by Mitch Kokai
Senior Political Analyst, John Locke Foundation
Even before Hurricane Florence barreled into the North Carolina coast, a misleading claim about the storm and global warming echoed across the internet.
Florence made landfall in North Carolina as a Category 1 hurricane on Friday, but the day before, The New York Times published a video claiming the storm had formed in “unusually warm waters” in the Atlantic Ocean, heated up by man-made global warming.
In comparing Florence to last year’s Hurricane Harvey, The Times’ reporter said “both of these hurricanes formed in unusually warm waters.” That’s false, according to Cato Institute atmospheric scientist Ryan Maue.
“Ocean surface temperatures along Florence track were abnormally cool for most of its life-cycle partly due to the unusual, higher latitude of the storm,” Maue tweeted on Tuesday night. “The integrated [sea surface temperature] track-based anomaly averaged from Sept 4-11 was 0.6°C below 1985-2017 ‘normal.’”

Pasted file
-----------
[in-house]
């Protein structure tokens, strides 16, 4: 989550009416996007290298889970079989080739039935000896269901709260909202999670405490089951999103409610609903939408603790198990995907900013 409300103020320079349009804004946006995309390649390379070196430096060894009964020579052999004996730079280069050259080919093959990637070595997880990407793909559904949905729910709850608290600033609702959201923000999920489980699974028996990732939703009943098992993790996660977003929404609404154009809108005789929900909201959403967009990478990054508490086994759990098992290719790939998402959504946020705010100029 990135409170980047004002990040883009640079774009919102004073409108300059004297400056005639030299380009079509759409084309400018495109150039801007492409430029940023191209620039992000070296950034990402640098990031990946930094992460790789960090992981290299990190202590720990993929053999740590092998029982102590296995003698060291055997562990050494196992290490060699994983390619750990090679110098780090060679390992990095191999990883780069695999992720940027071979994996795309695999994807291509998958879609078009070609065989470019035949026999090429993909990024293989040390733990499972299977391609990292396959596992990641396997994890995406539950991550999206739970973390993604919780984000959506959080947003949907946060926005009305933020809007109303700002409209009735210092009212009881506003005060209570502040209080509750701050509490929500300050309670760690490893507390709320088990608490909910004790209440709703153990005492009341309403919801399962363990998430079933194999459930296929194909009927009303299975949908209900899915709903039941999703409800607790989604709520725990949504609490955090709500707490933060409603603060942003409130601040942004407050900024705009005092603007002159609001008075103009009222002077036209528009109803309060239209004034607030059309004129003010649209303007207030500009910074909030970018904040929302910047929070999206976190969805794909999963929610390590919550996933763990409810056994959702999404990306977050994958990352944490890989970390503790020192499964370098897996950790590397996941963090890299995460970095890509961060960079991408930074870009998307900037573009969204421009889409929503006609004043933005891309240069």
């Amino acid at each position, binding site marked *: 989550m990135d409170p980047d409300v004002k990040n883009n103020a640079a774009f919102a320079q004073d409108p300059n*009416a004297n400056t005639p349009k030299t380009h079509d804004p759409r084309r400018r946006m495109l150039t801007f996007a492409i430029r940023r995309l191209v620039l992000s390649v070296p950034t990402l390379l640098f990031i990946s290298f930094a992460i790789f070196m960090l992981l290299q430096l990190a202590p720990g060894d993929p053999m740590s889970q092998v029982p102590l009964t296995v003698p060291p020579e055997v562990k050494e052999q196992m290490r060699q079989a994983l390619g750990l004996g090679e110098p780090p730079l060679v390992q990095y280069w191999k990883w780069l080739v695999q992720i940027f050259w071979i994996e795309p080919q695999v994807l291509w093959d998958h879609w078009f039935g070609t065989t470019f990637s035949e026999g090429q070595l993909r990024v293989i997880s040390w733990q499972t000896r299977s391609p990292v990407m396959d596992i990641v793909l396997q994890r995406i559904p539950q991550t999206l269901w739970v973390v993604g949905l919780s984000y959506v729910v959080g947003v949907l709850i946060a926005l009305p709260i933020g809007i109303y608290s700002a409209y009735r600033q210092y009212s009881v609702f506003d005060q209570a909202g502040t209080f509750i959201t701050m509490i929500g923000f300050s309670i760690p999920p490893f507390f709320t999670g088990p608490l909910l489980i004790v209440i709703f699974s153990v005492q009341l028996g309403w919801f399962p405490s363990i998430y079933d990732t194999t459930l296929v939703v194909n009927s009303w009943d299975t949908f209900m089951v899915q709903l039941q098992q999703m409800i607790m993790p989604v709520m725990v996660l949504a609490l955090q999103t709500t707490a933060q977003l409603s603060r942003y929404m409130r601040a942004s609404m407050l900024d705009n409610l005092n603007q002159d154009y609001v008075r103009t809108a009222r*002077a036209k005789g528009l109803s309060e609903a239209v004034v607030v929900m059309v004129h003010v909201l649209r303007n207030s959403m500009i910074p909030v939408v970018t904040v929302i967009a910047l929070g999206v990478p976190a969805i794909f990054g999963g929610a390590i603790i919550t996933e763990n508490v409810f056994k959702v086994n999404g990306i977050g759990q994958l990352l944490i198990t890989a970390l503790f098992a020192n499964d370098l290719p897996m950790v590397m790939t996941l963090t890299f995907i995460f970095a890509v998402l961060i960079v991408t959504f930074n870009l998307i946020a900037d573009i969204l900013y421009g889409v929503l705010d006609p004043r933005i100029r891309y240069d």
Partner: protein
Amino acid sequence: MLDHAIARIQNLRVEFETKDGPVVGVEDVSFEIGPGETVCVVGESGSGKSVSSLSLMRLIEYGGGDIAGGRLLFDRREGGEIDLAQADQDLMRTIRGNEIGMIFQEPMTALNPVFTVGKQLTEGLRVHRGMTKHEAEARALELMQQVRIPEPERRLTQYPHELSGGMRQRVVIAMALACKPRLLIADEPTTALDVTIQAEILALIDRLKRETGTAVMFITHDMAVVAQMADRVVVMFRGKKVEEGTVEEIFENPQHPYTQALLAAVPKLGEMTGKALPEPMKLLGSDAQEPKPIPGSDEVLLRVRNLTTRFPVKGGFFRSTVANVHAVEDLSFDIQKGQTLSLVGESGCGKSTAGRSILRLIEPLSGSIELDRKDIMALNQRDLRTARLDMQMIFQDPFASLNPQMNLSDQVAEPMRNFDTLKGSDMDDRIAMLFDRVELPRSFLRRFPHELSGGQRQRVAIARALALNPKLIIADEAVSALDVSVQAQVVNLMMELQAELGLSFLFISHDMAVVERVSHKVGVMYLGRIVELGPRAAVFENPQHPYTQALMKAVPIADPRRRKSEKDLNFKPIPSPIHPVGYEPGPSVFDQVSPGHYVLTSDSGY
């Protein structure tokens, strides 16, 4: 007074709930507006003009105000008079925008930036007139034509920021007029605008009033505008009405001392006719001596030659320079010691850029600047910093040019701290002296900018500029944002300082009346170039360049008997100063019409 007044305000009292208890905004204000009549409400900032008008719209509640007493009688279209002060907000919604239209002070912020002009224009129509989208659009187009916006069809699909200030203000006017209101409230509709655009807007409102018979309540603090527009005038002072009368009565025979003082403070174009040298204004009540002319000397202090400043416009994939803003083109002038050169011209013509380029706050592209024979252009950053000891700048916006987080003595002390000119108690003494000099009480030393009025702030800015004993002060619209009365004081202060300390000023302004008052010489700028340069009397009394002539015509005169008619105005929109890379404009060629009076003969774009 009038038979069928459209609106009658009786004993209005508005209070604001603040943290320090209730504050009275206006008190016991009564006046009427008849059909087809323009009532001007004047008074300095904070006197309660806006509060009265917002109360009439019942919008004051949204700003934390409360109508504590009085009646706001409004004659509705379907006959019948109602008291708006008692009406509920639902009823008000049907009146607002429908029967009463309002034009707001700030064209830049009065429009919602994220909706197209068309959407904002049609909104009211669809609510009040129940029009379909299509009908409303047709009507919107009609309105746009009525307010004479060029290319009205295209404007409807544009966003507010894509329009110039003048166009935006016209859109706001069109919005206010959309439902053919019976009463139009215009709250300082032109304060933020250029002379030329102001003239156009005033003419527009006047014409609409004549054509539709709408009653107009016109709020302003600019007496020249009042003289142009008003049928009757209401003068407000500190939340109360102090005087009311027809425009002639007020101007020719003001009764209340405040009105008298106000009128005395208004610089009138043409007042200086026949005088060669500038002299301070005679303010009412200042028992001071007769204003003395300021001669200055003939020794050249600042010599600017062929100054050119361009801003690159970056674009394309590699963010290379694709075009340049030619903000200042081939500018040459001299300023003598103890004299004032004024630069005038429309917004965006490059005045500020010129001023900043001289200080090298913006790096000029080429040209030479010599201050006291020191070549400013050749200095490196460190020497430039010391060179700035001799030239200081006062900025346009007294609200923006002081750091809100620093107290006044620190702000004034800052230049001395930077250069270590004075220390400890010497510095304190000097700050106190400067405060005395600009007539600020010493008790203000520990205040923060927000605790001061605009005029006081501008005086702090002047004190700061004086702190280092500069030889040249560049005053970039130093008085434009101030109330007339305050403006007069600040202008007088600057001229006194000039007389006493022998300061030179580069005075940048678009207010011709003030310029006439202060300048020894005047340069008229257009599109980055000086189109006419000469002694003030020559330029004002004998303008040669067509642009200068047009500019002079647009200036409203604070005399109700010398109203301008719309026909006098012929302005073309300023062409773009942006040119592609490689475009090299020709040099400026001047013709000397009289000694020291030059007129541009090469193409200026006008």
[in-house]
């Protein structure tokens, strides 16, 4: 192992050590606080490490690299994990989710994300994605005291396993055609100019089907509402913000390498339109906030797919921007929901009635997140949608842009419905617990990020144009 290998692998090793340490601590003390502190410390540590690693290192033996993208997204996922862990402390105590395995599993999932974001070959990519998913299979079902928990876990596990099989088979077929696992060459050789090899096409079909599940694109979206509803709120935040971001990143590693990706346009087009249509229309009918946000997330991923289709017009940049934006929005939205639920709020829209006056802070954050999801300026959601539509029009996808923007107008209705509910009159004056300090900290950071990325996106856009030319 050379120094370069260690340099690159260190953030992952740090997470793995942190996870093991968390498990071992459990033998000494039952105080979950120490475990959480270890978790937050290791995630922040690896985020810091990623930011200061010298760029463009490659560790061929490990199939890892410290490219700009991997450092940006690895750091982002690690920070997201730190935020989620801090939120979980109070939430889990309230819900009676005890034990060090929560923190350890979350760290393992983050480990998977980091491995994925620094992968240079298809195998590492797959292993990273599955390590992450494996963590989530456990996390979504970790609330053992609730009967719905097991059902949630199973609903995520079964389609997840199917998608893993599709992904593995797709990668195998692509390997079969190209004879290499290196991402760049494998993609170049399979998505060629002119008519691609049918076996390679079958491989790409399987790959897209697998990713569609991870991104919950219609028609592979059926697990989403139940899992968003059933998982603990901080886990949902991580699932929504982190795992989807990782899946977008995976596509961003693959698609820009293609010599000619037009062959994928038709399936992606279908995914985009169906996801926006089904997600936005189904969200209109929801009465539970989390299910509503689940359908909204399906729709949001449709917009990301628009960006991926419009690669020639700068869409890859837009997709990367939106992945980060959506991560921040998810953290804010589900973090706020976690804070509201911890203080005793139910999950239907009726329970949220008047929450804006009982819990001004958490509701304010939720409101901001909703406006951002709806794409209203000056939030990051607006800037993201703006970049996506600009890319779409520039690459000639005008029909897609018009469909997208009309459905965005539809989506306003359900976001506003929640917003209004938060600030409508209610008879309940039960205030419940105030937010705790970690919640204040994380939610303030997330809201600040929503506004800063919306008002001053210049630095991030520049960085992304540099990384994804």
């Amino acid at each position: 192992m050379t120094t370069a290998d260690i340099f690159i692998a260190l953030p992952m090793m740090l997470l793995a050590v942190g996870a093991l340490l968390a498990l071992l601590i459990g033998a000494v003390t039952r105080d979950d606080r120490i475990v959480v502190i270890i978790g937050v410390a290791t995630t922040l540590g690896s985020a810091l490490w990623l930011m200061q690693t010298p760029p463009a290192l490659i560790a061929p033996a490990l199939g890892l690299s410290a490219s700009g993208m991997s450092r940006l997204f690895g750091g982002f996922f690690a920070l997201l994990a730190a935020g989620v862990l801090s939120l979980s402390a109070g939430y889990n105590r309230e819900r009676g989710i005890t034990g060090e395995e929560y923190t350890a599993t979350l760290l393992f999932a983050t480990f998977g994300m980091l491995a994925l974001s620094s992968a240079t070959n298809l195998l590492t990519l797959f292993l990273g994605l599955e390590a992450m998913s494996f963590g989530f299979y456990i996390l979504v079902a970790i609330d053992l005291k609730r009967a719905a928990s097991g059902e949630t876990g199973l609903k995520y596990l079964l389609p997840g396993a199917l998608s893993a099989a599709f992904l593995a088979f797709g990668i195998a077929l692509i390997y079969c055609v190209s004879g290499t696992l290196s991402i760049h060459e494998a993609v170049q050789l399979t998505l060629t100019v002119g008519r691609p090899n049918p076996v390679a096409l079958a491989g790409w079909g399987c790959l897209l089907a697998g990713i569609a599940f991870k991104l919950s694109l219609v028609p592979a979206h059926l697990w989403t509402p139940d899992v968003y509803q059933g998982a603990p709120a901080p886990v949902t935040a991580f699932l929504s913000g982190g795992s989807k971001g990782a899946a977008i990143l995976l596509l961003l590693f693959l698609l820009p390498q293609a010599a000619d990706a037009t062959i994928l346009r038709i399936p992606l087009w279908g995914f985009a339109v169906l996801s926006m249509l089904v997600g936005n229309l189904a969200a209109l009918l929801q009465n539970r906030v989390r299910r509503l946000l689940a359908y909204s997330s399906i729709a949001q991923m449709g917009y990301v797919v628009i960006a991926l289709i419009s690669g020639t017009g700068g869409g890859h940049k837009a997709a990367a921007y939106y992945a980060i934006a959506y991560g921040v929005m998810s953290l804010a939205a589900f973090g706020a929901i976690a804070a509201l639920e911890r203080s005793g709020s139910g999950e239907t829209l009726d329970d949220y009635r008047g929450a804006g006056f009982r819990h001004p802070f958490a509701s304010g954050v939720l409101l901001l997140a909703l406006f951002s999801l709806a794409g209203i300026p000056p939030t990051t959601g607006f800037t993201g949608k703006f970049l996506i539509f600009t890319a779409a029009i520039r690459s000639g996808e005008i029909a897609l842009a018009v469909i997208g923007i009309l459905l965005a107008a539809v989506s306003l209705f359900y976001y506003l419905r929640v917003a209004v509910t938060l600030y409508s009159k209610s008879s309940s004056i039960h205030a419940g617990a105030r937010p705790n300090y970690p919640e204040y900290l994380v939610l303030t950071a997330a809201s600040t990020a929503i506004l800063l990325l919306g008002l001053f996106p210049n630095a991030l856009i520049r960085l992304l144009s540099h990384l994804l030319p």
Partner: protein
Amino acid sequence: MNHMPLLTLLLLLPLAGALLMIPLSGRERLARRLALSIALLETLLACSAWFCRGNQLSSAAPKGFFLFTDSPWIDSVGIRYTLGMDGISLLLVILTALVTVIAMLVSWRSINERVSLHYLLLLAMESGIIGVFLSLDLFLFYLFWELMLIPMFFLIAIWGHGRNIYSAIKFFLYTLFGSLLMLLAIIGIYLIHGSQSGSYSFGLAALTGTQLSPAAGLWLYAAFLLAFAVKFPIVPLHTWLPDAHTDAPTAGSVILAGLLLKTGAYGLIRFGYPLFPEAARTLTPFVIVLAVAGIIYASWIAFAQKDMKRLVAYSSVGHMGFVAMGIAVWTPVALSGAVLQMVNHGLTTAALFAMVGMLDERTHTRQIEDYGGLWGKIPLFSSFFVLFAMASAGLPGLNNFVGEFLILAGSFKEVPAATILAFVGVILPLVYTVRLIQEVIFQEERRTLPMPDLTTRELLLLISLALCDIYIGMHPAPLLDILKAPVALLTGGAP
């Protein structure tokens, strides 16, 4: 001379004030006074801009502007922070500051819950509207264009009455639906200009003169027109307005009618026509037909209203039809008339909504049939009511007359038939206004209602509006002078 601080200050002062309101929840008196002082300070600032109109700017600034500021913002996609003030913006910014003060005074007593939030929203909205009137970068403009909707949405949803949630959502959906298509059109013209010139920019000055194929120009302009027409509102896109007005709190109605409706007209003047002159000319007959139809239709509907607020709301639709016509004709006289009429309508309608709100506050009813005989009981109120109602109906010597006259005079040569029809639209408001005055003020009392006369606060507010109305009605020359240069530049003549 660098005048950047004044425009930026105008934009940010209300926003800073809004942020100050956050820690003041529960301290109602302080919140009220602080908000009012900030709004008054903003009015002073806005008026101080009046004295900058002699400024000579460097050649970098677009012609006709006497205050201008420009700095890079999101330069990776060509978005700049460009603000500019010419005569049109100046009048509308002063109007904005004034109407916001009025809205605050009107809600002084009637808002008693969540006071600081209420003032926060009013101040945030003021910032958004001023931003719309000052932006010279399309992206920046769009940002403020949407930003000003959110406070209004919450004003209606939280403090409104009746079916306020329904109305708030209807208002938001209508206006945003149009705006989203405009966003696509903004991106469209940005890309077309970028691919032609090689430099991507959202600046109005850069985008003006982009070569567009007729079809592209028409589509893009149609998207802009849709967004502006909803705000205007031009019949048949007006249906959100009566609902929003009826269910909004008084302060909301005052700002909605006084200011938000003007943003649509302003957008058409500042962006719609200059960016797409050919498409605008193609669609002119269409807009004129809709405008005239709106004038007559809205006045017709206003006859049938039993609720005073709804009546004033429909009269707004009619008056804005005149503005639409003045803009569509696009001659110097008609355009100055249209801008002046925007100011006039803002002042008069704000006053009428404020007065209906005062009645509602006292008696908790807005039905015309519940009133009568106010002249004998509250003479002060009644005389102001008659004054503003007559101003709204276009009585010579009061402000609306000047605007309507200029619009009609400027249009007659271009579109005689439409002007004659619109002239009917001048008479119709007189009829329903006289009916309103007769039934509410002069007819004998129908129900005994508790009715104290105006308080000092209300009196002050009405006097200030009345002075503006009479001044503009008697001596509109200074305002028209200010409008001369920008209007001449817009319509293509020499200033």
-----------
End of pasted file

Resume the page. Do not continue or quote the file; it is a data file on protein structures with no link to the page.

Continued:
Florence formed in colder than normal waters in the eastern Atlantic Ocean. Florence also reached major hurricane strength (Category 3 or higher) in cooler waters, before heading into warmer waters where it didn’t do what weather forecasters expected — it weakened and fell apart.
In fact, what’s amazing is how strong the storm got and how long it stayed together over “marginal” ocean temperatures, Maue tweeted.